A conventional mortgage loan requires a minimum credit score of 650 or higher. Therefore, if you’re turned down for a mortgage due to a low credit score, take steps to build your credit. This can be as simple as paying all your bills on time over the next 6 to 12 months, or paying off a credit card to decrease your credit utilization ratio, which will subsequently raise your FICO score.
4. Increase your income
On the other hand, you might have excellent credit, but not enough income to qualify for a mortgage loan. There are several ways to approach this dilemma. Speak with your lender to see if you can qualify for a lesser amount; or if your spouse works, perhaps you can apply for a joint mortgage, at which time the lender uses your combined income to determine affordability. And if too much debt prevents a pre-approval, paying off credit cards and other loans — student loans, auto loans and personal loans — can increase purchasing power and help you qualify for the desired amount.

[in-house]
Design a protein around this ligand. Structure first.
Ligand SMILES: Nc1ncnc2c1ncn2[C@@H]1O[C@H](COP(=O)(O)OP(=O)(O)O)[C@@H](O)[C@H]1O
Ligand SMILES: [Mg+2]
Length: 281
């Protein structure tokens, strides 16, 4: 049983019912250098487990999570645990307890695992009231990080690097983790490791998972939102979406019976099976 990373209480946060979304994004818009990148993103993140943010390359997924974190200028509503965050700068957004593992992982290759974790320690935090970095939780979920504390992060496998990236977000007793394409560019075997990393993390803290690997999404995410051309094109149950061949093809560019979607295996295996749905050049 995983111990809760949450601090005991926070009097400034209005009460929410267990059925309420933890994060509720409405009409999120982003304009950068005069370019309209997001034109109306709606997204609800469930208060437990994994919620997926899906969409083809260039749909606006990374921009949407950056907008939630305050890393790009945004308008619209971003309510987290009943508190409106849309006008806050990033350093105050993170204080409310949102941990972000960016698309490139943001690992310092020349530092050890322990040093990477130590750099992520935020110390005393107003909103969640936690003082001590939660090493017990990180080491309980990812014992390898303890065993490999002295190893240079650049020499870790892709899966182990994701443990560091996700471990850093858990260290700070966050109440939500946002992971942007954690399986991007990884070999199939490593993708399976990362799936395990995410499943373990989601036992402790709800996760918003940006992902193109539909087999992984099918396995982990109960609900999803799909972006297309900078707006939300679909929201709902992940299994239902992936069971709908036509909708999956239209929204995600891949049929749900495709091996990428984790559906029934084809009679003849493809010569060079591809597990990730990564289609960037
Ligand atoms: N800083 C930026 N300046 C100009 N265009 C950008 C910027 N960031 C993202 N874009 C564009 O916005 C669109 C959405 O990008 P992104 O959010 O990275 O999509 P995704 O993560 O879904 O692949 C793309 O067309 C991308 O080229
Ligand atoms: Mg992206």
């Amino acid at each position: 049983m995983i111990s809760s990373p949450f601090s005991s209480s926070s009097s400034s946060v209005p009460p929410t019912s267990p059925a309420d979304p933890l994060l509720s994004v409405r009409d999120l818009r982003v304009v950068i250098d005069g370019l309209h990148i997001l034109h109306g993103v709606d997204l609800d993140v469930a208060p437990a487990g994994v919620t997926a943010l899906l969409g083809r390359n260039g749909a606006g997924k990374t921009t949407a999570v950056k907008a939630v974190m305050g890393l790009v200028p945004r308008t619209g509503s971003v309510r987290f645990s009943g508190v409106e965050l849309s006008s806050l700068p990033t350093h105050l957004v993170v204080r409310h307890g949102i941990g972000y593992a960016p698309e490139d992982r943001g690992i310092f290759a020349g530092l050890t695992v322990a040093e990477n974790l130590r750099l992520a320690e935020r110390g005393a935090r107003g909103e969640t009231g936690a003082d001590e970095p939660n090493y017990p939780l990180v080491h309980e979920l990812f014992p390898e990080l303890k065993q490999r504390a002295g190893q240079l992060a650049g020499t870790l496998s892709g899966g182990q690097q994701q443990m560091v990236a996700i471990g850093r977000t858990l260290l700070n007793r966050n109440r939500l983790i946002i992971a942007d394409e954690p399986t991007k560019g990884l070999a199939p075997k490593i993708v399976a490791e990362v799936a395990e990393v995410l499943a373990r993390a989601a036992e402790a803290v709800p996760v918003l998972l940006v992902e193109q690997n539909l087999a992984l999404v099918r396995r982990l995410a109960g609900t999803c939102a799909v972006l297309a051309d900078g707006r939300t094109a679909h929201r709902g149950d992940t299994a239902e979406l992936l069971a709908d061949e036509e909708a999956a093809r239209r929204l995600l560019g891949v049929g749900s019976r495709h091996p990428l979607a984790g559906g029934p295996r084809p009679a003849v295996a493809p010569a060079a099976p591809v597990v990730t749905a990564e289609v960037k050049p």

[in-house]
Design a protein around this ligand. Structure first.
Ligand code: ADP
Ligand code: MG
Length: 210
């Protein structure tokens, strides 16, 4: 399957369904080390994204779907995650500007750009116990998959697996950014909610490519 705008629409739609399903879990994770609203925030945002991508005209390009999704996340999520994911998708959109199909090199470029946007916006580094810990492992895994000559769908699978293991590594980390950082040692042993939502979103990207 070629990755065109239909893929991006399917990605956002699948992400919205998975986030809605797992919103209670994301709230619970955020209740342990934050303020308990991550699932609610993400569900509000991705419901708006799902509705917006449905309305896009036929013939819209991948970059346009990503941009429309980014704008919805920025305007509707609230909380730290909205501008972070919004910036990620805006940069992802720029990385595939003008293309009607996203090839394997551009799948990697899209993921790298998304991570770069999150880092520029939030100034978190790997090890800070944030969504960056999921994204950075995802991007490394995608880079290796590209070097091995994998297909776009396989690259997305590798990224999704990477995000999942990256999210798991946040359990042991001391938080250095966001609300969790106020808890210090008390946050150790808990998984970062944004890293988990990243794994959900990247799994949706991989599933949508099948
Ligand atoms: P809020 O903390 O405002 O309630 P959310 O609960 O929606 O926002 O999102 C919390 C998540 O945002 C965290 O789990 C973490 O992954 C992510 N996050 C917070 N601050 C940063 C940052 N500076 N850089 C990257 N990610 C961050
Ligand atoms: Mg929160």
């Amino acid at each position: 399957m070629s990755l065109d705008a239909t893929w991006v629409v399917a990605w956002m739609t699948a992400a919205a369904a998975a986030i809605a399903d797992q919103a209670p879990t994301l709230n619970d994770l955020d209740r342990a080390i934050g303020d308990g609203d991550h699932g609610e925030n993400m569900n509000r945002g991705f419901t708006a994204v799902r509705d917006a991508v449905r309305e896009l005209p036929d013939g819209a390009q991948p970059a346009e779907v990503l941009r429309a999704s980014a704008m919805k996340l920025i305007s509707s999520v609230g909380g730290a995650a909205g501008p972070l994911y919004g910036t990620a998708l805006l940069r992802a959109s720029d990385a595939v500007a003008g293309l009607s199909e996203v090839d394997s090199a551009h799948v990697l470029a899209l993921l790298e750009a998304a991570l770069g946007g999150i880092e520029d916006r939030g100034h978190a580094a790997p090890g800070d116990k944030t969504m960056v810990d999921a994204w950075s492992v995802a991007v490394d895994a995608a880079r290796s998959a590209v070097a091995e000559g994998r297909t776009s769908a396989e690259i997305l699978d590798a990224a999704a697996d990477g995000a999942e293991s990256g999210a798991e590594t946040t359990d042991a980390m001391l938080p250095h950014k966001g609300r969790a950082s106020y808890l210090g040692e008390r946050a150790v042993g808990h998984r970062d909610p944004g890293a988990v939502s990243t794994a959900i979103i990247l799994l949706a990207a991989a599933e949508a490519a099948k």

5. Wait until the two-year mark
Employment gaps can be the kiss of death when applying for a mortgage loan. For the most part, mortgage lenders require 24 months of consecutive income. Therefore, if you’re just entering the job market, or if you were unemployed in recent months, the lender may reject your application and require that you wait at least two years before re-applying for a mortgage loan.
Applying for a mortgage loan will have its share of obstacles, especially since lenders have tightened their requirements. However, if you carefully prepare for a purchase, you can successfully meet a lender’s qualifications and get the keys to your new home.
Filed Under: Cash-Out Refinance